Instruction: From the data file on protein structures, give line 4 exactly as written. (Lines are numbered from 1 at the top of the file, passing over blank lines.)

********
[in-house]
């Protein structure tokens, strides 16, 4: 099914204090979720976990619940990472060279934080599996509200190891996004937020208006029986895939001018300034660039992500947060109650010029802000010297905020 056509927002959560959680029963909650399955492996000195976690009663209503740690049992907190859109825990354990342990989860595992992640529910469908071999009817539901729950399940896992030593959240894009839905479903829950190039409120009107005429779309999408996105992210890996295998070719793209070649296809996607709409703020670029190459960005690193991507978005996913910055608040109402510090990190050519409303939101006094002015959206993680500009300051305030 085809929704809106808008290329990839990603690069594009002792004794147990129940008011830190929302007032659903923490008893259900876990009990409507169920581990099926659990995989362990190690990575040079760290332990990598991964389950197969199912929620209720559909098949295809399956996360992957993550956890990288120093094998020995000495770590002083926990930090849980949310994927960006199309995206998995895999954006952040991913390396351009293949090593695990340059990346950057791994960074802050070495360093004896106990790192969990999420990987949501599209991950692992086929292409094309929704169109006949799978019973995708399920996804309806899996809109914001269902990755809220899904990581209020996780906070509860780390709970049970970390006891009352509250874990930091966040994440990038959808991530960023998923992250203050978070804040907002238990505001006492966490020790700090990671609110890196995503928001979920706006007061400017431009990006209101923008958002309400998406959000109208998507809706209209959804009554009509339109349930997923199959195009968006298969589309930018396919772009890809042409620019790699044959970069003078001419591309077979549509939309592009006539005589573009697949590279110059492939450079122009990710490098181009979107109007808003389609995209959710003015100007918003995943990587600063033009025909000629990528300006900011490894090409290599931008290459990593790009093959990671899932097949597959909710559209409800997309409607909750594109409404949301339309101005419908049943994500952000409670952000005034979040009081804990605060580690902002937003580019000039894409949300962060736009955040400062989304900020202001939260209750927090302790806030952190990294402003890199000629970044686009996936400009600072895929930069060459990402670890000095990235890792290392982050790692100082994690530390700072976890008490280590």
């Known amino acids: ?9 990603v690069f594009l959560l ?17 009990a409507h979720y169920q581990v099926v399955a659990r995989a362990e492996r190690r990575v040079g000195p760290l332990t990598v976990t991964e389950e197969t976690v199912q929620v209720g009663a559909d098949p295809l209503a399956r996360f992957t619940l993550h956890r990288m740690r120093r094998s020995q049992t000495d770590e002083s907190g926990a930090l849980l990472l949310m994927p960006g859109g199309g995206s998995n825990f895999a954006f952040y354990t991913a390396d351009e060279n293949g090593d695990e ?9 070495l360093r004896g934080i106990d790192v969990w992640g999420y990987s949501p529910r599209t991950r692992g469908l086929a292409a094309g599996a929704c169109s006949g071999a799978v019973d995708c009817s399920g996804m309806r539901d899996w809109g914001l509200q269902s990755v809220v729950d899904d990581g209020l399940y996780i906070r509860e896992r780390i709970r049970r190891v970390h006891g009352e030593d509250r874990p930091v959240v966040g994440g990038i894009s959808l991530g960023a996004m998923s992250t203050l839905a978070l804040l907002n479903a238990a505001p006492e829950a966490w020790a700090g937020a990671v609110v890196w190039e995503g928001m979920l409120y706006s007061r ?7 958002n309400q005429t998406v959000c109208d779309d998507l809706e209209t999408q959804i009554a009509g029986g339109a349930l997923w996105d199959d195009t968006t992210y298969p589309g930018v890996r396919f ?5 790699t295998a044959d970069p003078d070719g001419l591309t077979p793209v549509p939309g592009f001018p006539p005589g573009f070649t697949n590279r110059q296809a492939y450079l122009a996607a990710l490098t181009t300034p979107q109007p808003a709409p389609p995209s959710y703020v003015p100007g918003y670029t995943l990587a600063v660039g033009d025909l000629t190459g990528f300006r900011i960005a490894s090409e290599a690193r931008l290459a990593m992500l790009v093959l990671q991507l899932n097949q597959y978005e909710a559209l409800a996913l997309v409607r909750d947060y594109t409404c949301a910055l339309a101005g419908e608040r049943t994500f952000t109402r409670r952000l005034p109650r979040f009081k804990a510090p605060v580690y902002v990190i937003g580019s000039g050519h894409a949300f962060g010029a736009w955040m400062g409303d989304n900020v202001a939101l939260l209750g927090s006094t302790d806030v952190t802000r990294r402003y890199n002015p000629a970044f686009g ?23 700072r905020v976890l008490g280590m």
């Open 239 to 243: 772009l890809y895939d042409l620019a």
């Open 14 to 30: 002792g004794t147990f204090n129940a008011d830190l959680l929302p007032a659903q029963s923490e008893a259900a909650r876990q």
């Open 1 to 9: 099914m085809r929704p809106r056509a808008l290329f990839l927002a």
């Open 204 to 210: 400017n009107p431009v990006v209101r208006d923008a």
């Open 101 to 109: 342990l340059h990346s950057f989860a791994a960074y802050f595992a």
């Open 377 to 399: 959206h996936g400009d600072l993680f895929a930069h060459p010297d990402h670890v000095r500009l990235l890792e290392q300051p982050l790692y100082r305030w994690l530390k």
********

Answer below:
């Open 239 to 243: 772009l890809y895939d042409l620019a």